At the time, this ethnic structure of the Romanian population was hardly unusual for a Central or East European country. As pointed out by Iuliu Maniu in “The Issue of Minorities,”3 in Czechoslovakia they amounted to 34.5 percent of the population, in Poland 34 percent, and in Yugoslavia 20 percent. But the extent of the minorities was new to Romania. Hungarians, Germans, and Jews were actually better off economically than the Romanian majority, and they largely belonged to other cultures (Hungarian and German) that were more advanced than Romania’s. The Jews presented the thorniest problem: With 722,120 people, they amounted to 4 percent of Romania’s population. Later, in 1939, Alexandru Safran (who became Romania’s chief rabbi in 1940) calculated a Romanian Jewish community of about 800,000, “fourth in the world in terms of its numbers.”4 According to the census of Dec. 29, 1930, the Jews were the most urbanized population of Romania: 68.2 percent of them lived in cities and only 31.8 percent in rural areas. As one might expect from their predominantly urban distribution—Jews formed 13.6 percent of Romania’s urban population—they belonged to more elevated and highly cultured socioprofessional groups.

At the turn of the 20th century, the chief criticism directed against the Moldavian Jews, for example, had to do with the facts that they did not belong to the Romanian culture (but to the German one), that they did not speak Romanian among themselves (but German), that they did not take part in Romanian cultural life (for instance, that they did not attend theatrical performances in Romanian but never missed those in German; that they did not read Romanian literary reviews but those in other languages); and that they contributed nothing to Romanian culture, illustrated by the lament: “There isn’t a single Jewish writer or poet here.” Consequently, the Jews were accused of “remaining … a foreign element in the country,” “foreign in spirit and in feelings” to Romanians.5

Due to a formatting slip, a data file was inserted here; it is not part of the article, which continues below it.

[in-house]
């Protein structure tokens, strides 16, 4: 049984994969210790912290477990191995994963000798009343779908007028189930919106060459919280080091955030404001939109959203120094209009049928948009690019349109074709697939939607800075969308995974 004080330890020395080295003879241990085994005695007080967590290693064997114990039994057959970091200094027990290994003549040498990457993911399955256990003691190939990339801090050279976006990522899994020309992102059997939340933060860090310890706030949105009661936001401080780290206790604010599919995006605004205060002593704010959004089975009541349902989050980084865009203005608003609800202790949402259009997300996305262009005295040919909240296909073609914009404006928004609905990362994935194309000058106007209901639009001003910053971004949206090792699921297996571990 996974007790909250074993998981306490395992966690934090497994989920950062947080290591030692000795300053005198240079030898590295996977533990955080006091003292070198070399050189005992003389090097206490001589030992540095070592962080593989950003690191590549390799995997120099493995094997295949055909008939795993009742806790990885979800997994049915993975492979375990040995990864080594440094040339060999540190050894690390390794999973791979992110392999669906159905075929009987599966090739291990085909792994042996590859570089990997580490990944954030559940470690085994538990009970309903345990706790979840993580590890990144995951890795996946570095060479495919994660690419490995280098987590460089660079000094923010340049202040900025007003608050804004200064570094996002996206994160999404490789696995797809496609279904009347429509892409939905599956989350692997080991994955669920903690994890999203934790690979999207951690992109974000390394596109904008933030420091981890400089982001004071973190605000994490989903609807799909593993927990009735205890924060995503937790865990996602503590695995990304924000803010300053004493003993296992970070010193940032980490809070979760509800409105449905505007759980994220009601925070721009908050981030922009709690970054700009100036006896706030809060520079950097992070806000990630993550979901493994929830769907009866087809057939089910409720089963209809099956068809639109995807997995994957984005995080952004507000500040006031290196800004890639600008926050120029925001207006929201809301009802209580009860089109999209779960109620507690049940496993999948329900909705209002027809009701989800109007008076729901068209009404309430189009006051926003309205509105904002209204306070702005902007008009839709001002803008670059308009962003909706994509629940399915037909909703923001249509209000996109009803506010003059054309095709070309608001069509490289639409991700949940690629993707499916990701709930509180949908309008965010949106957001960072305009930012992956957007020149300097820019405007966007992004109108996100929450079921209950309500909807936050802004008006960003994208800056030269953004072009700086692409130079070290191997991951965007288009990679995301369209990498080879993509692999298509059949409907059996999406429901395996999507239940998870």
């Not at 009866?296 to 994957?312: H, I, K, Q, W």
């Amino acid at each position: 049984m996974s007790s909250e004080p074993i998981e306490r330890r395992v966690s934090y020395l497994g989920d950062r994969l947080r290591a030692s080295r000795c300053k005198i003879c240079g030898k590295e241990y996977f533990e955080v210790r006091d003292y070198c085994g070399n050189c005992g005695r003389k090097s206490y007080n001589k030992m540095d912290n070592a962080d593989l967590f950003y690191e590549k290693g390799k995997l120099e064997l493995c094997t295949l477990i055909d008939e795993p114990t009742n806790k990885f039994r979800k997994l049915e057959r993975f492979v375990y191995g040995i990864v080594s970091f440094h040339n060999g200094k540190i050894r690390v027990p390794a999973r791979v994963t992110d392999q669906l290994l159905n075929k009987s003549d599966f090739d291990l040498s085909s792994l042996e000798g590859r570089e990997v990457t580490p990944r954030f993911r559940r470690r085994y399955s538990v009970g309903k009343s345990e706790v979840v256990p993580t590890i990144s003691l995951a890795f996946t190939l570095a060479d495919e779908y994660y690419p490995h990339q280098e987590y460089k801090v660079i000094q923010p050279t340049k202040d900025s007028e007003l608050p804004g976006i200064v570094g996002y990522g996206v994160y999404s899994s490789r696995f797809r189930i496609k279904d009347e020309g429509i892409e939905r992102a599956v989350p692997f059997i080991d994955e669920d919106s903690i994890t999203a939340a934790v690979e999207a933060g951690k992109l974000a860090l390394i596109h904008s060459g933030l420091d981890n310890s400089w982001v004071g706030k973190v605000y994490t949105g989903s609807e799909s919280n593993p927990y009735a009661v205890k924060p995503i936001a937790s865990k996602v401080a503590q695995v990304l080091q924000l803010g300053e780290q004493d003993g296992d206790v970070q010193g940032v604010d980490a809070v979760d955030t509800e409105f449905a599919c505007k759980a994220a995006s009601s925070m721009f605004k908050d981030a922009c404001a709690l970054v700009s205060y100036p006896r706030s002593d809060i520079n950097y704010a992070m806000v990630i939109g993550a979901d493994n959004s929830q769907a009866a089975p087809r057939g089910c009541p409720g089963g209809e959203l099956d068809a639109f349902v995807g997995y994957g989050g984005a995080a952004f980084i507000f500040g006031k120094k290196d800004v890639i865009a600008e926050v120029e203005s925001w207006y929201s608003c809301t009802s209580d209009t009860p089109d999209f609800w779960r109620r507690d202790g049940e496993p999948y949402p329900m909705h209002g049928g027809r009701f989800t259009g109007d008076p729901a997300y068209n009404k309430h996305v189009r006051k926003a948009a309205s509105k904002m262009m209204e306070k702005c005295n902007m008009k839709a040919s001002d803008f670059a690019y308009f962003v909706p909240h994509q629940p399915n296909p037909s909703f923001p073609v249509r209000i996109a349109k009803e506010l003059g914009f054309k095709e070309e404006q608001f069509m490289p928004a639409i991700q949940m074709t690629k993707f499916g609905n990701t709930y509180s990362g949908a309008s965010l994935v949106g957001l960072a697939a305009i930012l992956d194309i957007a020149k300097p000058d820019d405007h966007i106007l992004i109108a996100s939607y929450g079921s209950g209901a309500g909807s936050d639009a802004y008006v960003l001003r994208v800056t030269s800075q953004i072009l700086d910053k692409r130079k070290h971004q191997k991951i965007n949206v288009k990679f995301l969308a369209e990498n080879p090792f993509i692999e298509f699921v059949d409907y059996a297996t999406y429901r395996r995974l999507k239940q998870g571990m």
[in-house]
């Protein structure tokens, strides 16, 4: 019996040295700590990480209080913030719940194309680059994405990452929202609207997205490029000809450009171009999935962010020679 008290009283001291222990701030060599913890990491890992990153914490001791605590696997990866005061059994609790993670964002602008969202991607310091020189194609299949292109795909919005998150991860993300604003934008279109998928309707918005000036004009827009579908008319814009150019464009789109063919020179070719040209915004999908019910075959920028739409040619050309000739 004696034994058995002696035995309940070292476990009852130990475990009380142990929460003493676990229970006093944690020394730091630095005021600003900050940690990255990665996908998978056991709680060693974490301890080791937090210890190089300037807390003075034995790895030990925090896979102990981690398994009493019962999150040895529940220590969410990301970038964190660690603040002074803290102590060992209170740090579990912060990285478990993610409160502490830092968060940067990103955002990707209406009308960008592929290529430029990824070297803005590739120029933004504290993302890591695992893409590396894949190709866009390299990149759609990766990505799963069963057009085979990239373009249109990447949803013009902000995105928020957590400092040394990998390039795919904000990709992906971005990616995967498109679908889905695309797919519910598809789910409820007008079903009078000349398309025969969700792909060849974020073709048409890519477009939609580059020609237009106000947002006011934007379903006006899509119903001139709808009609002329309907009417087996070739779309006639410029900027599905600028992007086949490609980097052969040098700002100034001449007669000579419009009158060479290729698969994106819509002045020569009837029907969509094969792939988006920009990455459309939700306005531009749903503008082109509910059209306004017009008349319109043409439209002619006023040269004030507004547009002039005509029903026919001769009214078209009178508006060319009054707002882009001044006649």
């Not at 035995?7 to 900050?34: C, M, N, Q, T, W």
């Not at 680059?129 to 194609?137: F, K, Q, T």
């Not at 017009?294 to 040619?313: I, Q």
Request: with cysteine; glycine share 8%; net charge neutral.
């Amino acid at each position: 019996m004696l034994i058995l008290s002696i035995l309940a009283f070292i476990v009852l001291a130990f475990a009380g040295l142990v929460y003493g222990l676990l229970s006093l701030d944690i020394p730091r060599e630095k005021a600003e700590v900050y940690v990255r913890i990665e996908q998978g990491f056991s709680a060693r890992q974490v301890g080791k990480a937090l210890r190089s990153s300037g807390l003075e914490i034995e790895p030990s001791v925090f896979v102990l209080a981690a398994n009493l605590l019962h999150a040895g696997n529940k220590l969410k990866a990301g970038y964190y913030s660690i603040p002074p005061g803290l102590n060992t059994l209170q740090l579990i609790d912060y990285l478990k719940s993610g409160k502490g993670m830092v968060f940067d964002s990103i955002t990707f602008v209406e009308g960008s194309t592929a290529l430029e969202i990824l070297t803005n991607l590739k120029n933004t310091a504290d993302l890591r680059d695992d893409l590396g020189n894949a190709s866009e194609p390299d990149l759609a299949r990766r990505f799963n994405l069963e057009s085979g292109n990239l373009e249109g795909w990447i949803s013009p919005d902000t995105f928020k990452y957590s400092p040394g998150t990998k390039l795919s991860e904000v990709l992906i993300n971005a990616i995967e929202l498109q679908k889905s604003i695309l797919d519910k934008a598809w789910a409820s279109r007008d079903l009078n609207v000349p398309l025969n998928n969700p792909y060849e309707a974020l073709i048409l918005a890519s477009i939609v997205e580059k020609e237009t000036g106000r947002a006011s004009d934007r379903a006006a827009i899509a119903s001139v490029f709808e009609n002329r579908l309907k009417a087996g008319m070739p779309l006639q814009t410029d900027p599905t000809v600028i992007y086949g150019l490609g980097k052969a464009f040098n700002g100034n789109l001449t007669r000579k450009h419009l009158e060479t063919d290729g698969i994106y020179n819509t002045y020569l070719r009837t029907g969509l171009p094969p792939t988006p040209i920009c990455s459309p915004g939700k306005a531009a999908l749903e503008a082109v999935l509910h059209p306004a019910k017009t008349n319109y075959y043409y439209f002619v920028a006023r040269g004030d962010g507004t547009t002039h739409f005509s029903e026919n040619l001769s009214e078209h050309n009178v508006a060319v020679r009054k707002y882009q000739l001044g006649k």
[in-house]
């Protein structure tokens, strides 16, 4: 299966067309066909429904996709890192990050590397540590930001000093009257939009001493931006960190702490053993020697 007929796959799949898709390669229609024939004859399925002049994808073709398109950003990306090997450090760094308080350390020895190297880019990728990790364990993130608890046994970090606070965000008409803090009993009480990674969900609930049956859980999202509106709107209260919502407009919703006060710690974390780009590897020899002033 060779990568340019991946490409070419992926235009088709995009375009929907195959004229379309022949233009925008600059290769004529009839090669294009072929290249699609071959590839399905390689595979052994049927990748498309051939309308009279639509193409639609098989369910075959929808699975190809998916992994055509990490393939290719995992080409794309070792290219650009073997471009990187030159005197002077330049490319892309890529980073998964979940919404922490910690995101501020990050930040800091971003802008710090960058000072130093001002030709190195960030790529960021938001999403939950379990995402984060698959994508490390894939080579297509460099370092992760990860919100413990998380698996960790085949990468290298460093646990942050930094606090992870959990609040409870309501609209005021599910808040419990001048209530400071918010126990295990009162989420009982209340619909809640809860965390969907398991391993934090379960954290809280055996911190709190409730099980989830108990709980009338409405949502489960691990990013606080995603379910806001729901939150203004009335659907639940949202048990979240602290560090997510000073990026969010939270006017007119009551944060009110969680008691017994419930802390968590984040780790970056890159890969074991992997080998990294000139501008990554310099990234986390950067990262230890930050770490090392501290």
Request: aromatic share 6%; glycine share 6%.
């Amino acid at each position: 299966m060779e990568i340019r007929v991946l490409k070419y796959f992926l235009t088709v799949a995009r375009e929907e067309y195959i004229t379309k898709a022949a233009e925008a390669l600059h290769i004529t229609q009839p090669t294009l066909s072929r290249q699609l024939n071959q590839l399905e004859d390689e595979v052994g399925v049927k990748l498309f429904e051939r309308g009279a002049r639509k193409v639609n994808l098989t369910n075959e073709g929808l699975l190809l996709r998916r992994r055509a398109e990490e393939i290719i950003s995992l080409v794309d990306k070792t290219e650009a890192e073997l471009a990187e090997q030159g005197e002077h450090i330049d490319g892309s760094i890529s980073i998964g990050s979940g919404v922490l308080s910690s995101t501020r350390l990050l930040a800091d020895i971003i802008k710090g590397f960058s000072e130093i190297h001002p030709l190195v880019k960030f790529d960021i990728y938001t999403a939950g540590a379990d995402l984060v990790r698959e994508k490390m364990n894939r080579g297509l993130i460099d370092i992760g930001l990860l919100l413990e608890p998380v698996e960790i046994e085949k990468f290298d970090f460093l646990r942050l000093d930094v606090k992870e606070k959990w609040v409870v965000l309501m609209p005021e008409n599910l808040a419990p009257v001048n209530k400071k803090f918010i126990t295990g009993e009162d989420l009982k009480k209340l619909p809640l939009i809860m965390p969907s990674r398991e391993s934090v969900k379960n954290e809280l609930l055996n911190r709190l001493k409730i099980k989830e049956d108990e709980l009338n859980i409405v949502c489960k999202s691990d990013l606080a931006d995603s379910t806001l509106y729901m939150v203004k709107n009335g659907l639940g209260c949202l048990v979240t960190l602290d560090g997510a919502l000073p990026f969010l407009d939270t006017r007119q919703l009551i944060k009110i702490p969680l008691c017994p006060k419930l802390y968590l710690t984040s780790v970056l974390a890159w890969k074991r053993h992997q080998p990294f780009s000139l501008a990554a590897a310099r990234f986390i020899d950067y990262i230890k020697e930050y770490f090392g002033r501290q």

In short, the minorities that were now part of Greater Romania—economically better off, culturally and religiously “different,” and amounting to a sizable fraction of the population—became an object of envy, fear, and hostility for the Romanian majority. Skillfully manipulated and exploited by nationalist extremists at a time when intolerant nationalism was emerging throughout interwar Europe, such feelings provided an endless supply of political capital.